Several years ago I met Sterz Imrie for the first time – he was looking at a work space in my loft building in Rochester, and it wasn’t long before he moved in with his young son, Calder. I think Sterz moved up from Brooklyn as I had done, and it was obvious from this first encounter that he was an unusual sort, – he was recovering from an operation that left him partly disabled, and I later found out that he had been exposed to a toxic pesticide and had suffered from a brain tumor. We shared our stories, and he looked around my studio and became my next-door-neighbor. Bringing up his young son in this rough workspace, while trying to develop artworks, and stabilize his condition was more than a full-time occupation, and he needed help.
I once had to lift him up because he collapsed on top of his son, and there were some other incidents, but basically Sterz had courage and strength and wasn’t shy. Sterz also had some real world experience in fine art though he said that he was self-taught. He made serious – thought provoking installations and videos which still stay with me. Sterz also spent some time as an artist-in-residence here at the Cobblestone School.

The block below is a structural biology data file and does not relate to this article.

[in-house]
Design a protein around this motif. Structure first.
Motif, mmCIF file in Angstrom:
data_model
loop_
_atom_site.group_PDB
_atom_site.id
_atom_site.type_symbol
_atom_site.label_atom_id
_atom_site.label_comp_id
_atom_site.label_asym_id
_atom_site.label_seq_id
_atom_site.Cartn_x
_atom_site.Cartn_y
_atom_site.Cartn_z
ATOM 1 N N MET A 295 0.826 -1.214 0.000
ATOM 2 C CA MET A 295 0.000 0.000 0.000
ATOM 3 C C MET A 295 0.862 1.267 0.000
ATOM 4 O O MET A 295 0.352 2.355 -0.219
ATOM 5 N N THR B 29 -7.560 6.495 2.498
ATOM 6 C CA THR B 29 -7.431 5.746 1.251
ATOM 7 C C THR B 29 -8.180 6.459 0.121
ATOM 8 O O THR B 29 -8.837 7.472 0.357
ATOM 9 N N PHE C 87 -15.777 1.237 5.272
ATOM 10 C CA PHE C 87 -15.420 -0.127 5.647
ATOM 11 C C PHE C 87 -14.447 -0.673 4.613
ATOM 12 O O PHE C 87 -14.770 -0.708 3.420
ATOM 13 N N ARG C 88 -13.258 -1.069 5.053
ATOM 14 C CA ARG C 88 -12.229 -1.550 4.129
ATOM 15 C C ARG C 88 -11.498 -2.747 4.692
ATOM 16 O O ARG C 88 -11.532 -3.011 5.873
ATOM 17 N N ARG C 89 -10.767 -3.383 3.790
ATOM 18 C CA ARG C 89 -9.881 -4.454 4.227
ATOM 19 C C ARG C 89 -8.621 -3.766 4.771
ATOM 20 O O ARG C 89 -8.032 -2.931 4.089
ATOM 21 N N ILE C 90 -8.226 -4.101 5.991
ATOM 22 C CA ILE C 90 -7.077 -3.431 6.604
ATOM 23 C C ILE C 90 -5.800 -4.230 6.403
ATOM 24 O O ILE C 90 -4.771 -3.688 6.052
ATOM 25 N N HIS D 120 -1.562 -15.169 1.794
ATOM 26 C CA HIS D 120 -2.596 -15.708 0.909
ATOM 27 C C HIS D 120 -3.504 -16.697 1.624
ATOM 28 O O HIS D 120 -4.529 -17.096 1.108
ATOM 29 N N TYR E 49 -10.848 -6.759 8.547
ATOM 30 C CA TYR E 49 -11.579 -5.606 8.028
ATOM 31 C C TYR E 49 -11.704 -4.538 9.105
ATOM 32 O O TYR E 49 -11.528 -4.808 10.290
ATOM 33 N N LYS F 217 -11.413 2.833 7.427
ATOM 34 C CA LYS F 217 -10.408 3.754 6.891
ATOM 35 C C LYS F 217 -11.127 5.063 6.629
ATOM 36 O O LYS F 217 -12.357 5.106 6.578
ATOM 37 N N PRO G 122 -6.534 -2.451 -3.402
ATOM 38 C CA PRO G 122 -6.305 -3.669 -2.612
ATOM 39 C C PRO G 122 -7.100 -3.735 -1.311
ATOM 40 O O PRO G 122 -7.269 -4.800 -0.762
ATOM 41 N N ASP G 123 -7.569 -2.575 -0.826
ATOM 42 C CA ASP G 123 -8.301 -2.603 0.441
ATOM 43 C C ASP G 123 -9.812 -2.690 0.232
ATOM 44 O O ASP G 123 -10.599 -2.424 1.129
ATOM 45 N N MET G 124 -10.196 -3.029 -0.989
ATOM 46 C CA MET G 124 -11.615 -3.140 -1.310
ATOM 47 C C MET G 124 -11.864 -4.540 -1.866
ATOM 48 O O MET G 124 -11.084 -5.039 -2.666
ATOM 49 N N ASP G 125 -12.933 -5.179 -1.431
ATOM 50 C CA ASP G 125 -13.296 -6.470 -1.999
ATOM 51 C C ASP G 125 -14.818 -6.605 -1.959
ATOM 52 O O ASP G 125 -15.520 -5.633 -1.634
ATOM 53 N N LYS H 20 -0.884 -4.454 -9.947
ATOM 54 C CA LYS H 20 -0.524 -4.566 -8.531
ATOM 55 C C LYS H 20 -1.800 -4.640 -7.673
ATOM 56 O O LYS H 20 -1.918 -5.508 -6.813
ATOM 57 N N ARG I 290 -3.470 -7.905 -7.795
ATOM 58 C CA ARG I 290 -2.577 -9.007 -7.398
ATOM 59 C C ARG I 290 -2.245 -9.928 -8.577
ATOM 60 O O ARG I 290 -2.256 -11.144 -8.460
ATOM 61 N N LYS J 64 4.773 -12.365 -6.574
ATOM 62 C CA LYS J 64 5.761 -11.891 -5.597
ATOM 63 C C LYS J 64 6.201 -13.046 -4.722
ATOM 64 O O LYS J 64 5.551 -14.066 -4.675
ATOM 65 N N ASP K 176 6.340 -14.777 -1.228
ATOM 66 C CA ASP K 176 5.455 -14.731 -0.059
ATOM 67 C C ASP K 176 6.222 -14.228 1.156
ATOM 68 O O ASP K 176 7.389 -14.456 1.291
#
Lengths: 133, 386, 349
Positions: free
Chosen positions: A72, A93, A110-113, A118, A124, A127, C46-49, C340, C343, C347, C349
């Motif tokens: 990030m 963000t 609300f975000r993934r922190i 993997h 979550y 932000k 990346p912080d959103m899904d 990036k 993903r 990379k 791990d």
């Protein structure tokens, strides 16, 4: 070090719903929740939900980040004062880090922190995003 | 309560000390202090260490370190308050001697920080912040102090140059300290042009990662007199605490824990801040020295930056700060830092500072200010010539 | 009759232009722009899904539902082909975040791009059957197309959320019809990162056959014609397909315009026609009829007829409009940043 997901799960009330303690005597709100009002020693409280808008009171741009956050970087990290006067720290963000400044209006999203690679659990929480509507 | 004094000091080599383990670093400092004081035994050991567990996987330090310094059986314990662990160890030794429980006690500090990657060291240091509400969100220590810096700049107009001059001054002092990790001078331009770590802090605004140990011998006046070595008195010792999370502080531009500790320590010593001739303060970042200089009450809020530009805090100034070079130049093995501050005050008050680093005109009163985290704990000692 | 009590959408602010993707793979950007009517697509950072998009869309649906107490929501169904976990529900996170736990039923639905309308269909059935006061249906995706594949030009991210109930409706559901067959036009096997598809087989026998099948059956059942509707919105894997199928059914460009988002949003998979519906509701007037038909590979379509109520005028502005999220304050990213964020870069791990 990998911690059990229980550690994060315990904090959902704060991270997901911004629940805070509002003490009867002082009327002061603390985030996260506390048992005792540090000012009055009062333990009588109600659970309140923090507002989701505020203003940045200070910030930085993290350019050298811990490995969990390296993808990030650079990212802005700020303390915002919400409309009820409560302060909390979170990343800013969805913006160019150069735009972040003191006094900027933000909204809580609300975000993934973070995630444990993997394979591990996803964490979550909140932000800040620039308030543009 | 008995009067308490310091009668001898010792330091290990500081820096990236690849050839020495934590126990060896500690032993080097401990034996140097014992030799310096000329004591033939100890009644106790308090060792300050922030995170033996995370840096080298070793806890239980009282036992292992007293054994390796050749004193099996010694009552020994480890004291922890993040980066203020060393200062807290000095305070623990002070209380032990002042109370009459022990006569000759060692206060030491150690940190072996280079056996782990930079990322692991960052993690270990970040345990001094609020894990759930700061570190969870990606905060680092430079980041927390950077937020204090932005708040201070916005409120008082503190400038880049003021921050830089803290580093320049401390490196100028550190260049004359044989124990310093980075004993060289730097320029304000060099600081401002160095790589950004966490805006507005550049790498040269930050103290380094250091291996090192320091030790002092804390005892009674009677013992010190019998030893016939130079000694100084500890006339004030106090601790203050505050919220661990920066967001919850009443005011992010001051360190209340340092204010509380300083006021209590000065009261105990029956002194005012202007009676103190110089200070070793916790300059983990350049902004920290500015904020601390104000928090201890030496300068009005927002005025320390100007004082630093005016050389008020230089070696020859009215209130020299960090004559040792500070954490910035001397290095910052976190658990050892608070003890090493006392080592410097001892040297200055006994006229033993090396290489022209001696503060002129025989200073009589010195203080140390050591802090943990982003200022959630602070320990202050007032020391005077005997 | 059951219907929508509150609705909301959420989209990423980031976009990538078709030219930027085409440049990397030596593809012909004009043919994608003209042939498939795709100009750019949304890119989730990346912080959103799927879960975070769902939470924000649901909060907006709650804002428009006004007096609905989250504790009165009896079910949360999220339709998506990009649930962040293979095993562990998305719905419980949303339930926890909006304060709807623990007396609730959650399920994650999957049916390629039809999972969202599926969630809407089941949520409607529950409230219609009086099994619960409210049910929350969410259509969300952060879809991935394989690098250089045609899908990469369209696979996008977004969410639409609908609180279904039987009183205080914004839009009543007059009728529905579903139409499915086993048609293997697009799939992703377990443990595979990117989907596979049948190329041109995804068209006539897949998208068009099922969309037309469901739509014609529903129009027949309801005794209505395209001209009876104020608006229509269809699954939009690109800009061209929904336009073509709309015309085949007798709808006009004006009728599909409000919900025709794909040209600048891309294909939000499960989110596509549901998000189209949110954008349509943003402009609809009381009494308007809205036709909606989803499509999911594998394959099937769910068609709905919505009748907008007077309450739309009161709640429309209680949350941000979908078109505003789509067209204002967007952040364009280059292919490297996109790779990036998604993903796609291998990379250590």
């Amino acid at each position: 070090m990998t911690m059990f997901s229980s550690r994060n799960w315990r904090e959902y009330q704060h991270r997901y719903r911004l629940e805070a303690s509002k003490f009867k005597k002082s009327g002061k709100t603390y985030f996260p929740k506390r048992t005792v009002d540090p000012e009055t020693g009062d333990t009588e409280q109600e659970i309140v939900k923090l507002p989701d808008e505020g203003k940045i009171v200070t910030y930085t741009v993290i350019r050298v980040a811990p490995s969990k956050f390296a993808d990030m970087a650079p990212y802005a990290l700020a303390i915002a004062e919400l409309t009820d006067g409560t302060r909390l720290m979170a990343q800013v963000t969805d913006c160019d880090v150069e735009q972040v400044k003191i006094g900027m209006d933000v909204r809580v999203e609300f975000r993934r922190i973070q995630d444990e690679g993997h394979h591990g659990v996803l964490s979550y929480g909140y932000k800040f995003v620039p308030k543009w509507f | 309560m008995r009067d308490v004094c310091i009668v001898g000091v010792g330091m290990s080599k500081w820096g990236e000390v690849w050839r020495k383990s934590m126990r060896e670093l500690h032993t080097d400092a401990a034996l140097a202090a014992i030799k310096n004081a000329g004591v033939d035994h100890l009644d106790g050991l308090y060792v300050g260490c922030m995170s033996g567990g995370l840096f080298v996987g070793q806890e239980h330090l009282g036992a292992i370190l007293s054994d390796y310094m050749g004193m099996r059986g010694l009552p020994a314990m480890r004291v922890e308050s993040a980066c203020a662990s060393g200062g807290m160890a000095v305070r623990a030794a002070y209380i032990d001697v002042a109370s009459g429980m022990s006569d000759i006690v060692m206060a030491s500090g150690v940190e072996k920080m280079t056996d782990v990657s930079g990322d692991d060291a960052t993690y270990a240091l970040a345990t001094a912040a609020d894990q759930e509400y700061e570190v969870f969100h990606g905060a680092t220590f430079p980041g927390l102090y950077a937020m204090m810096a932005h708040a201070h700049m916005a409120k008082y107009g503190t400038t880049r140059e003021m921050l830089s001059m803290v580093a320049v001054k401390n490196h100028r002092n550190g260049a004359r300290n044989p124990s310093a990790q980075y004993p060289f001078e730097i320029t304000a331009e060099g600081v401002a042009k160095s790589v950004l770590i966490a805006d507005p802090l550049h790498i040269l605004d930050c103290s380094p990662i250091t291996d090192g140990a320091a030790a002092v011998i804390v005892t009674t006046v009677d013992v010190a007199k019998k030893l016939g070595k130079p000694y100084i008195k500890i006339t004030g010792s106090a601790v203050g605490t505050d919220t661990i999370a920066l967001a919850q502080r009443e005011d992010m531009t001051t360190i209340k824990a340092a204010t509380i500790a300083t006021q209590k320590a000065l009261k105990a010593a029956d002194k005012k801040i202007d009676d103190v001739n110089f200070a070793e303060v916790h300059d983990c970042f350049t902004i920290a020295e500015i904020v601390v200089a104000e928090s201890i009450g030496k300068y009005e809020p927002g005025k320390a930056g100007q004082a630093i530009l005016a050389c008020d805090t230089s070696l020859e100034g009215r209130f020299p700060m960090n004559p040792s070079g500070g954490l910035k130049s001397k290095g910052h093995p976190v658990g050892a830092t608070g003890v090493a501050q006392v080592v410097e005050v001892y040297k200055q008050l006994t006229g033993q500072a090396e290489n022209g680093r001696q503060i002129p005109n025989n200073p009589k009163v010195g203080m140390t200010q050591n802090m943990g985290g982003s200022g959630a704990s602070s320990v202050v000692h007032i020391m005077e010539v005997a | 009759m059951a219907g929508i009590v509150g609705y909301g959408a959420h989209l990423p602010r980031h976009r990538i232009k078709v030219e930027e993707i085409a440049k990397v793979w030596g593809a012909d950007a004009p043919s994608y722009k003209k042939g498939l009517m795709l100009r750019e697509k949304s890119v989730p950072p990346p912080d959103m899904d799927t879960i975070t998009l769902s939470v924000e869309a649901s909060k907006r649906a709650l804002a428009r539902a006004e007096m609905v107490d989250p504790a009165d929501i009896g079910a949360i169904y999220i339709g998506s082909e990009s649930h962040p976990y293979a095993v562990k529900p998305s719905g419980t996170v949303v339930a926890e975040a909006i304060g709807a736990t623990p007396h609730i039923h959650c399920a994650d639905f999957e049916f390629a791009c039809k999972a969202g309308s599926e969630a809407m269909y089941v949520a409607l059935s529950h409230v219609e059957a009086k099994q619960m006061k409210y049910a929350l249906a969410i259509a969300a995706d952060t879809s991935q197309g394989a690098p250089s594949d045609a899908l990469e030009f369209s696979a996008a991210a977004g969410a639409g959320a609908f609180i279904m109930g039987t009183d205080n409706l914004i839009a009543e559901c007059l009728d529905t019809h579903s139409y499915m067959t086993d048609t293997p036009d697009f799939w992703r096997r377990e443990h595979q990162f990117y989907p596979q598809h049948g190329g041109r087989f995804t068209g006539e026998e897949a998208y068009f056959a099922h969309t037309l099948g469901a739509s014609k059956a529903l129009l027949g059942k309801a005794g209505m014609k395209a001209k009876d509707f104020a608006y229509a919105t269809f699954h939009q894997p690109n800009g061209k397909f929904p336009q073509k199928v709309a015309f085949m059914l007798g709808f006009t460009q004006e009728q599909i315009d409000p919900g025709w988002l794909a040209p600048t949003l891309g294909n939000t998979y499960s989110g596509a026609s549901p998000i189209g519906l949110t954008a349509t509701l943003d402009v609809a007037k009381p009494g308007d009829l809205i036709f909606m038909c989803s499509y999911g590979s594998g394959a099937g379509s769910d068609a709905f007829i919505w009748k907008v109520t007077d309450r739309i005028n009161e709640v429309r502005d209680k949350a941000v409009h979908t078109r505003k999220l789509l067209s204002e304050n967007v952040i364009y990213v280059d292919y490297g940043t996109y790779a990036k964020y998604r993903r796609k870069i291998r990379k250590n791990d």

I once interviewed him for a book I was writing and I went to see his art when he had shows in our area. He made an installation once in the Hungerford Building that consisted of suspended chunks of ice in plastic sleeves that steadily dripped down into big circular pans that caught each drop and amplified the sound for anyone who came to view what was happening. This was a solemn, profound, and moving experience to witness this piece of art. There were other shows including one at The Rochester Contemporary Art Center, and many others in Miami and in Europe.
Sterz was a sculptor who made videos, and he explored the use of the computer as a tool when it suited him – but he could just as easily use a fan blowing on a sheet of plastic and make something out of that.
The important thing for me was his character – this was a person of great courage and conviction, and through his ordeal ( several operations ) he never wavered in taking care of his son who was growing up, and also he was engaged with the world as a thoughtful, and respectful person as you will ever meet. He will be missed, passing away on July 4th; he leaves behind many indelible memories, and we are stronger for having known this man and shared this space and time.